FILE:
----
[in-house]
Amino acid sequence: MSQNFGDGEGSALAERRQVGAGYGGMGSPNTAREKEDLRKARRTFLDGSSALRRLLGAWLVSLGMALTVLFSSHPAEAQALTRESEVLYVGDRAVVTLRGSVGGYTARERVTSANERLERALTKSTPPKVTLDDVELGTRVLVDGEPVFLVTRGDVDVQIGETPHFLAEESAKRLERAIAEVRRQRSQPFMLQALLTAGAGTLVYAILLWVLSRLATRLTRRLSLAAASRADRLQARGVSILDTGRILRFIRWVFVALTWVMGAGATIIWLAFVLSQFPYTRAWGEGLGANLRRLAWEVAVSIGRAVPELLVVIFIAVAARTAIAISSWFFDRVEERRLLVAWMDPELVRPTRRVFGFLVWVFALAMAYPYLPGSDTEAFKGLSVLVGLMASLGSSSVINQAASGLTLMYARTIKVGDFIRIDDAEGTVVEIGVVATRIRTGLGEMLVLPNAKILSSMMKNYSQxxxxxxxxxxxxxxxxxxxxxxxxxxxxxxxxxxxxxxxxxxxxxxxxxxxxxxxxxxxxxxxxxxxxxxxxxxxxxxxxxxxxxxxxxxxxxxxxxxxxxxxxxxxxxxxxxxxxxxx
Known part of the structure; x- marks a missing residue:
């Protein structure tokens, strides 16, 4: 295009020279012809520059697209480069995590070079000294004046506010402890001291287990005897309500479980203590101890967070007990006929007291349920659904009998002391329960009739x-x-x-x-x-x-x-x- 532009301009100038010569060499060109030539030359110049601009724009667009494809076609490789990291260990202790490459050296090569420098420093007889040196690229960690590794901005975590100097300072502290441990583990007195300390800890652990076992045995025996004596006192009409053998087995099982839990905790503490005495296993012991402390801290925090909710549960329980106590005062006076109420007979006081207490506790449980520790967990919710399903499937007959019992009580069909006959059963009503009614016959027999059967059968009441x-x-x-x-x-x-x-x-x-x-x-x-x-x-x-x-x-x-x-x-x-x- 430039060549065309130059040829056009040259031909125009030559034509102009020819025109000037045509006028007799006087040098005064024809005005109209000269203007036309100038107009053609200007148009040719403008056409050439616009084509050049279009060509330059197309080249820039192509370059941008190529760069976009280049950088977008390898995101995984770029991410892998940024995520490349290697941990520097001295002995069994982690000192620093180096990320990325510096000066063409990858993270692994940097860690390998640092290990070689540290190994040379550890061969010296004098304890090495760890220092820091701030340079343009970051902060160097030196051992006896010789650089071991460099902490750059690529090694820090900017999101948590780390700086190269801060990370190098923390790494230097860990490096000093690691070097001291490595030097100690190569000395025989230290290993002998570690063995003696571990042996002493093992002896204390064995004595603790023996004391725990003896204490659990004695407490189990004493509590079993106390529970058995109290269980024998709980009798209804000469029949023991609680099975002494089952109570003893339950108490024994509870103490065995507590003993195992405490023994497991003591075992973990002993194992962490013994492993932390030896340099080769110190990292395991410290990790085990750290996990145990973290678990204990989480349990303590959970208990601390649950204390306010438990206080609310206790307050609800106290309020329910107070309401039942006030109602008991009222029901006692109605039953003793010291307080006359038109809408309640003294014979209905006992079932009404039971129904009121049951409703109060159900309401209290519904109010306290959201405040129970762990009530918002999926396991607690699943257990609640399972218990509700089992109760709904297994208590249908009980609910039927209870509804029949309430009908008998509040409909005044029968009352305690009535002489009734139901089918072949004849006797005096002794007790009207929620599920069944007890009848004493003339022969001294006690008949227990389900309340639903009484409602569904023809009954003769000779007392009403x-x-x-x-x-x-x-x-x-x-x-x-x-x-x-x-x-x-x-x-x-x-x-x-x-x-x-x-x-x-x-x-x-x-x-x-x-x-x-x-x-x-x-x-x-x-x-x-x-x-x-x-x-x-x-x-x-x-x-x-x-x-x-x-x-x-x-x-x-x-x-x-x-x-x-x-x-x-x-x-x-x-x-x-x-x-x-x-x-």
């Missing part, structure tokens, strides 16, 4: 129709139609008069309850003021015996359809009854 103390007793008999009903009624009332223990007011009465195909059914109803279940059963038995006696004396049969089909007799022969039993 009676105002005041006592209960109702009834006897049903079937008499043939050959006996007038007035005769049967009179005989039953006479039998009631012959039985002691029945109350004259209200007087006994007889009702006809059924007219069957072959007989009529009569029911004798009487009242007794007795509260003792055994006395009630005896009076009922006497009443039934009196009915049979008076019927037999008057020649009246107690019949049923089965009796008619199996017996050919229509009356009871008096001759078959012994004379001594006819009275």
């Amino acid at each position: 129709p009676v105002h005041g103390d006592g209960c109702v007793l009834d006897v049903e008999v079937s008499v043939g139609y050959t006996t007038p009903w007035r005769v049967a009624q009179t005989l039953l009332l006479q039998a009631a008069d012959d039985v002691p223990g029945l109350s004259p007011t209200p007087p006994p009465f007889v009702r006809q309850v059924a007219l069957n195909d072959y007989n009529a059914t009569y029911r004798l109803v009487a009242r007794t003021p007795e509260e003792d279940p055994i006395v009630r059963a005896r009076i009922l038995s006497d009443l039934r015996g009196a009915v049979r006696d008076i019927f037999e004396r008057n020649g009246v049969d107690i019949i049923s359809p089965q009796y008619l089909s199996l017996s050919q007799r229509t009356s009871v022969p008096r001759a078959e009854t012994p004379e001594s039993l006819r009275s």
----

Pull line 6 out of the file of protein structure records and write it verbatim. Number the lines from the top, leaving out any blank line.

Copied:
């Amino acid at each position: 129709p009676v105002h005041g103390d006592g209960c109702v007793l009834d006897v049903e008999v079937s008499v043939g139609y050959t006996t007038p009903w007035r005769v049967a009624q009179t005989l039953l009332l006479q039998a009631a008069d012959d039985v002691p223990g029945l109350s004259p007011t209200p007087p006994p009465f007889v009702r006809q309850v059924a007219l069957n195909d072959y007989n009529a059914t009569y029911r004798l109803v009487a009242r007794t003021p007795e509260e003792d279940p055994i006395v009630r059963a005896r009076i009922l038995s006497d009443l039934r015996g009196a009915v049979r006696d008076i019927f037999e004396r008057n020649g009246v049969d107690i019949i049923s359809p089965q009796y008619l089909s199996l017996s050919q007799r229509t009356s009871v022969p008096r001759a078959e009854t012994p004379e001594s039993l006819r009275s």